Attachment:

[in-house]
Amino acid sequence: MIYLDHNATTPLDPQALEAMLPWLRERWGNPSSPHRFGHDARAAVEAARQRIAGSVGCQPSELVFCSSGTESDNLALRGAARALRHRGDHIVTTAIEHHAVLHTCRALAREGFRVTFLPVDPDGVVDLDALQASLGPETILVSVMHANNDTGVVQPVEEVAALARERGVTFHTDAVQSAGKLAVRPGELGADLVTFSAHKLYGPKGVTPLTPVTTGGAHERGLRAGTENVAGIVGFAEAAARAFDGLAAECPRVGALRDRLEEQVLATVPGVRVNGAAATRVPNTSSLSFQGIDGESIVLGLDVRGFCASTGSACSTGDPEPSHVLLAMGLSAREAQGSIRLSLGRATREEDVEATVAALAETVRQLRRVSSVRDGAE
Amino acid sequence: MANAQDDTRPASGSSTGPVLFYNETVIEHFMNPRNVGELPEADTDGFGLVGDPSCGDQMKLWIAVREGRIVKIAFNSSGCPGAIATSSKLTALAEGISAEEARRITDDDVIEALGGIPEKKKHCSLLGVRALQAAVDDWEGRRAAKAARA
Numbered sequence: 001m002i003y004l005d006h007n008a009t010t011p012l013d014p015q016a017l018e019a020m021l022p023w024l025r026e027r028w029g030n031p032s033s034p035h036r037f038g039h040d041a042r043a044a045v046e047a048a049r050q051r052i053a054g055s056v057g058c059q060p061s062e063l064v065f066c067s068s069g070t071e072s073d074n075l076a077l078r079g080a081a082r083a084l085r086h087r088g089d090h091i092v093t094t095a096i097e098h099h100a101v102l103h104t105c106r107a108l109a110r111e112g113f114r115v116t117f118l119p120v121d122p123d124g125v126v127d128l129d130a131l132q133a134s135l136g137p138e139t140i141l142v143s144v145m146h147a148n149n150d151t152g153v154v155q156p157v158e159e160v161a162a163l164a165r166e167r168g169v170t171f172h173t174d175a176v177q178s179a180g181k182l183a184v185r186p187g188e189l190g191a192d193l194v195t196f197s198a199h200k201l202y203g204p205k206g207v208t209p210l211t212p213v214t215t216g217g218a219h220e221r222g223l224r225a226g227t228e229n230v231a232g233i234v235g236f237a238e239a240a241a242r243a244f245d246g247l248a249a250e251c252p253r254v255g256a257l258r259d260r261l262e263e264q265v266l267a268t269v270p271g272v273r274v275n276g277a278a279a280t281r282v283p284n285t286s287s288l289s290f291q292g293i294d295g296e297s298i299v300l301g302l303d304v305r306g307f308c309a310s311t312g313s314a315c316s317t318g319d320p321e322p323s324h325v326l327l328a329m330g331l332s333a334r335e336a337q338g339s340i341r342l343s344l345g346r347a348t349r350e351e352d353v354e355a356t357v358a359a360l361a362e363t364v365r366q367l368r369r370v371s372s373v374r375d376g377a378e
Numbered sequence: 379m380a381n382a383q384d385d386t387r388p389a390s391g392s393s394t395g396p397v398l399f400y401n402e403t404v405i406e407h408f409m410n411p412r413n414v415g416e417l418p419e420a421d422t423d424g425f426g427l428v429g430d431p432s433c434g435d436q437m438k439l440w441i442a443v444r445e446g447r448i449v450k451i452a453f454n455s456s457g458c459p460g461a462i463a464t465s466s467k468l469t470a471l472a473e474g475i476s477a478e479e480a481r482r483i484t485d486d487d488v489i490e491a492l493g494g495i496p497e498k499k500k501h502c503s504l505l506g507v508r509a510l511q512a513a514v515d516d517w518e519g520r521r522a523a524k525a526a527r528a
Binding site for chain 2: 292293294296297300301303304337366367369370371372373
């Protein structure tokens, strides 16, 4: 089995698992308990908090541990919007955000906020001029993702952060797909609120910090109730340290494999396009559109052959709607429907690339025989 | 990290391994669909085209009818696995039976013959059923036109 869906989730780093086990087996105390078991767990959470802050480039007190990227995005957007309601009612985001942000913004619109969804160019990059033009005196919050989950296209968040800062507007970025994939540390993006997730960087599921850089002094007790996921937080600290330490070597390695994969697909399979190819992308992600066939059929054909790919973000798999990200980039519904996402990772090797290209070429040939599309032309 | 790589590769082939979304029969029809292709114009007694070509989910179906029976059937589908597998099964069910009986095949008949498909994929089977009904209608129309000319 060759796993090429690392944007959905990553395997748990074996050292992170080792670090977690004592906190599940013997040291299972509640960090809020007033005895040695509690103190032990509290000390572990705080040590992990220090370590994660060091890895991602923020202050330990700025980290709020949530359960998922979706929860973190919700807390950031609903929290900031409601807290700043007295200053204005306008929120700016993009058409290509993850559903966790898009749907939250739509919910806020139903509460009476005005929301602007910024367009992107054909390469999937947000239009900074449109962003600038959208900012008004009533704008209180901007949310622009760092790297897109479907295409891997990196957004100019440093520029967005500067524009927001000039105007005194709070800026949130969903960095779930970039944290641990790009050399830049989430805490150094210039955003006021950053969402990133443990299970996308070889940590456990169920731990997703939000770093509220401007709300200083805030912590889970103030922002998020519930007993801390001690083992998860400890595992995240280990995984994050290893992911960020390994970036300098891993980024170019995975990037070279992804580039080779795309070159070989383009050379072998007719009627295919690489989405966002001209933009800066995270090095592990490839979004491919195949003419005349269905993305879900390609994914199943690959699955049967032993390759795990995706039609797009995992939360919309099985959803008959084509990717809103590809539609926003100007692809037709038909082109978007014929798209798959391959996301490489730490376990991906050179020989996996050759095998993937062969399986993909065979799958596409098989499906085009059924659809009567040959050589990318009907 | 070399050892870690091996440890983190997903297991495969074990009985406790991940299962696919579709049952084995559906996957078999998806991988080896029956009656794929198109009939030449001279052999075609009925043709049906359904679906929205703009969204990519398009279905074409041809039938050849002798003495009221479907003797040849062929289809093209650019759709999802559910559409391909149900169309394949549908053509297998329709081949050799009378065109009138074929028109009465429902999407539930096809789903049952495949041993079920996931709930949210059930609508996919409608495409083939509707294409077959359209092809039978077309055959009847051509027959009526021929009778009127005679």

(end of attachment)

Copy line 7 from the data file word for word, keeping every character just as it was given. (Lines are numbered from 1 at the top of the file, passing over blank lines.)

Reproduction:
């Protein structure tokens, strides 16, 4: 089995698992308990908090541990919007955000906020001029993702952060797909609120910090109730340290494999396009559109052959709607429907690339025989 | 990290391994669909085209009818696995039976013959059923036109 869906989730780093086990087996105390078991767990959470802050480039007190990227995005957007309601009612985001942000913004619109969804160019990059033009005196919050989950296209968040800062507007970025994939540390993006997730960087599921850089002094007790996921937080600290330490070597390695994969697909399979190819992308992600066939059929054909790919973000798999990200980039519904996402990772090797290209070429040939599309032309 | 790589590769082939979304029969029809292709114009007694070509989910179906029976059937589908597998099964069910009986095949008949498909994929089977009904209608129309000319 060759796993090429690392944007959905990553395997748990074996050292992170080792670090977690004592906190599940013997040291299972509640960090809020007033005895040695509690103190032990509290000390572990705080040590992990220090370590994660060091890895991602923020202050330990700025980290709020949530359960998922979706929860973190919700807390950031609903929290900031409601807290700043007295200053204005306008929120700016993009058409290509993850559903966790898009749907939250739509919910806020139903509460009476005005929301602007910024367009992107054909390469999937947000239009900074449109962003600038959208900012008004009533704008209180901007949310622009760092790297897109479907295409891997990196957004100019440093520029967005500067524009927001000039105007005194709070800026949130969903960095779930970039944290641990790009050399830049989430805490150094210039955003006021950053969402990133443990299970996308070889940590456990169920731990997703939000770093509220401007709300200083805030912590889970103030922002998020519930007993801390001690083992998860400890595992995240280990995984994050290893992911960020390994970036300098891993980024170019995975990037070279992804580039080779795309070159070989383009050379072998007719009627295919690489989405966002001209933009800066995270090095592990490839979004491919195949003419005349269905993305879900390609994914199943690959699955049967032993390759795990995706039609797009995992939360919309099985959803008959084509990717809103590809539609926003100007692809037709038909082109978007014929798209798959391959996301490489730490376990991906050179020989996996050759095998993937062969399986993909065979799958596409098989499906085009059924659809009567040959050589990318009907 | 070399050892870690091996440890983190997903297991495969074990009985406790991940299962696919579709049952084995559906996957078999998806991988080896029956009656794929198109009939030449001279052999075609009925043709049906359904679906929205703009969204990519398009279905074409041809039938050849002798003495009221479907003797040849062929289809093209650019759709999802559910559409391909149900169309394949549908053509297998329709081949050799009378065109009138074929028109009465429902999407539930096809789903049952495949041993079920996931709930949210059930609508996919409608495409083939509707294409077959359209092809039978077309055959009847051509027959009526021929009778009127005679």